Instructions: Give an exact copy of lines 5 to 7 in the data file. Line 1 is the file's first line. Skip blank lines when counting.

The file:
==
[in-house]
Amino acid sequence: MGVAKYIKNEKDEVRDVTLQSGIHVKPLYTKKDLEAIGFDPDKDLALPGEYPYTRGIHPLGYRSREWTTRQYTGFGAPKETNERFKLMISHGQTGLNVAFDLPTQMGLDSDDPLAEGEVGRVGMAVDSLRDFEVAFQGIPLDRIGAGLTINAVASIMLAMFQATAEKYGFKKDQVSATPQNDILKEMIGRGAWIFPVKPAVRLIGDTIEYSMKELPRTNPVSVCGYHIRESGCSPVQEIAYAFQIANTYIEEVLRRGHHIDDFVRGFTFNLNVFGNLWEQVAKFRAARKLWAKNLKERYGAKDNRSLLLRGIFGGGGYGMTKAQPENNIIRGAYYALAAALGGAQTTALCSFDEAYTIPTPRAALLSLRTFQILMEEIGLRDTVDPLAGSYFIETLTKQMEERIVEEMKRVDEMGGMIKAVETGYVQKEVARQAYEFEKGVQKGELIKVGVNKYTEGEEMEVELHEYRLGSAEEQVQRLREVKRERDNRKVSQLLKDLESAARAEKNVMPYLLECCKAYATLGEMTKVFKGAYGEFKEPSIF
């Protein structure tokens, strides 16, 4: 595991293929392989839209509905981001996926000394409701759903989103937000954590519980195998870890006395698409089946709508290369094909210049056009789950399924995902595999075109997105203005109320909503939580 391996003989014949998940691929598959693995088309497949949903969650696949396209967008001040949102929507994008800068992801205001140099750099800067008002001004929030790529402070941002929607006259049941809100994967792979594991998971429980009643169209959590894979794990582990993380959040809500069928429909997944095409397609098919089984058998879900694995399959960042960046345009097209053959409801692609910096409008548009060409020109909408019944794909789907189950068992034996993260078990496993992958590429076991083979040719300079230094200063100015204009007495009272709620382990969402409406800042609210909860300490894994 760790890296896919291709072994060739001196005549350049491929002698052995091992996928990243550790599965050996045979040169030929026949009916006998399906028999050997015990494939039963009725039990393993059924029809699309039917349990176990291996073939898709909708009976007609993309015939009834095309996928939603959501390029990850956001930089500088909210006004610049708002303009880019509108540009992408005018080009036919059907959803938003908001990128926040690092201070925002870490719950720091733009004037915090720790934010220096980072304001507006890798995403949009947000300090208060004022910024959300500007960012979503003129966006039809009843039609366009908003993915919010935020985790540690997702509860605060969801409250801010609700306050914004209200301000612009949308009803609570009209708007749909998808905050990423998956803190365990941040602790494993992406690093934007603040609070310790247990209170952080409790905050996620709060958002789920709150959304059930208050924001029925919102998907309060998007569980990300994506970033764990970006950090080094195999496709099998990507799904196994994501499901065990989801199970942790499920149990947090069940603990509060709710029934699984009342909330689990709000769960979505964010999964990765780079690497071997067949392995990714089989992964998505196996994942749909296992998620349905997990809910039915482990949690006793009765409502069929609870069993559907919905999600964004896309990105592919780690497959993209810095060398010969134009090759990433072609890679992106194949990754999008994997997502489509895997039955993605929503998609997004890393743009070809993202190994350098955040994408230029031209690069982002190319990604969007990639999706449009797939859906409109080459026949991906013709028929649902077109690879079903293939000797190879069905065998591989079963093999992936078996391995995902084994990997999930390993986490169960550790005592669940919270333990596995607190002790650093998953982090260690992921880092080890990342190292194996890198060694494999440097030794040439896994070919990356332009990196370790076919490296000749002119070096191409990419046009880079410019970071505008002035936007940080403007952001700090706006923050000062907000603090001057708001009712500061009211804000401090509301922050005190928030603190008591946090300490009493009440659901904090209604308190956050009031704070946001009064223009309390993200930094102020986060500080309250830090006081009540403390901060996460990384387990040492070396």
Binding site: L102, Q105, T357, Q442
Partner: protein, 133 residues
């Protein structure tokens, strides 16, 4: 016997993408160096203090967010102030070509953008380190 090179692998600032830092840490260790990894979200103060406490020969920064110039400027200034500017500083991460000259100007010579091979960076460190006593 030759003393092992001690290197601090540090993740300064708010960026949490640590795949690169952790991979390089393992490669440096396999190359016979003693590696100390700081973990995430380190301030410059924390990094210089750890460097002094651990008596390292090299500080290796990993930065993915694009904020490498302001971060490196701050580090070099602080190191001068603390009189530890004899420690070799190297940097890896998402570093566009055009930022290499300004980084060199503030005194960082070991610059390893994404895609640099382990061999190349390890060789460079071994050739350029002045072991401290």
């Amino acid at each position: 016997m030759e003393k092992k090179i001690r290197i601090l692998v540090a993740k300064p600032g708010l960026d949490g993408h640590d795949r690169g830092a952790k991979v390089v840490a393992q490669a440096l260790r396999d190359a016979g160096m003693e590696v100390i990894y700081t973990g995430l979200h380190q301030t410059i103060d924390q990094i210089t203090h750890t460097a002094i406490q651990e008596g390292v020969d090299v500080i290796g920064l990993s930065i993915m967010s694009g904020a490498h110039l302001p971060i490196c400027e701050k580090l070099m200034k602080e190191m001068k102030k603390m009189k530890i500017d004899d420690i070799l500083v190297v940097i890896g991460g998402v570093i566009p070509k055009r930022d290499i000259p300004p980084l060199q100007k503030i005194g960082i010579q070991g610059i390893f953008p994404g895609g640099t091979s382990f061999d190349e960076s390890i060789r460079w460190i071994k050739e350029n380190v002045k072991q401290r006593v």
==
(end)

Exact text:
Partner: protein, 133 residues
């Protein structure tokens, strides 16, 4: 016997993408160096203090967010102030070509953008380190 090179692998600032830092840490260790990894979200103060406490020969920064110039400027200034500017500083991460000259100007010579091979960076460190006593 030759003393092992001690290197601090540090993740300064708010960026949490640590795949690169952790991979390089393992490669440096396999190359016979003693590696100390700081973990995430380190301030410059924390990094210089750890460097002094651990008596390292090299500080290796990993930065993915694009904020490498302001971060490196701050580090070099602080190191001068603390009189530890004899420690070799190297940097890896998402570093566009055009930022290499300004980084060199503030005194960082070991610059390893994404895609640099382990061999190349390890060789460079071994050739350029002045072991401290």
């Amino acid at each position: 016997m030759e003393k092992k090179i001690r290197i601090l692998v540090a993740k300064p600032g708010l960026d949490g993408h640590d795949r690169g830092a952790k991979v390089v840490a393992q490669a440096l260790r396999d190359a016979g160096m003693e590696v100390i990894y700081t973990g995430l979200h380190q301030t410059i103060d924390q990094i210089t203090h750890t460097a002094i406490q651990e008596g390292v020969d090299v500080i290796g920064l990993s930065i993915m967010s694009g904020a490498h110039l302001p971060i490196c400027e701050k580090l070099m200034k602080e190191m001068k102030k603390m009189k530890i500017d004899d420690i070799l500083v190297v940097i890896g991460g998402v570093i566009p070509k055009r930022d290499i000259p300004p980084l060199q100007k503030i005194g960082i010579q070991g610059i390893f953008p994404g895609g640099t091979s382990f061999d190349e960076s390890i060789r460079w460190i071994k050739e350029n380190v002045k072991q401290r006593v």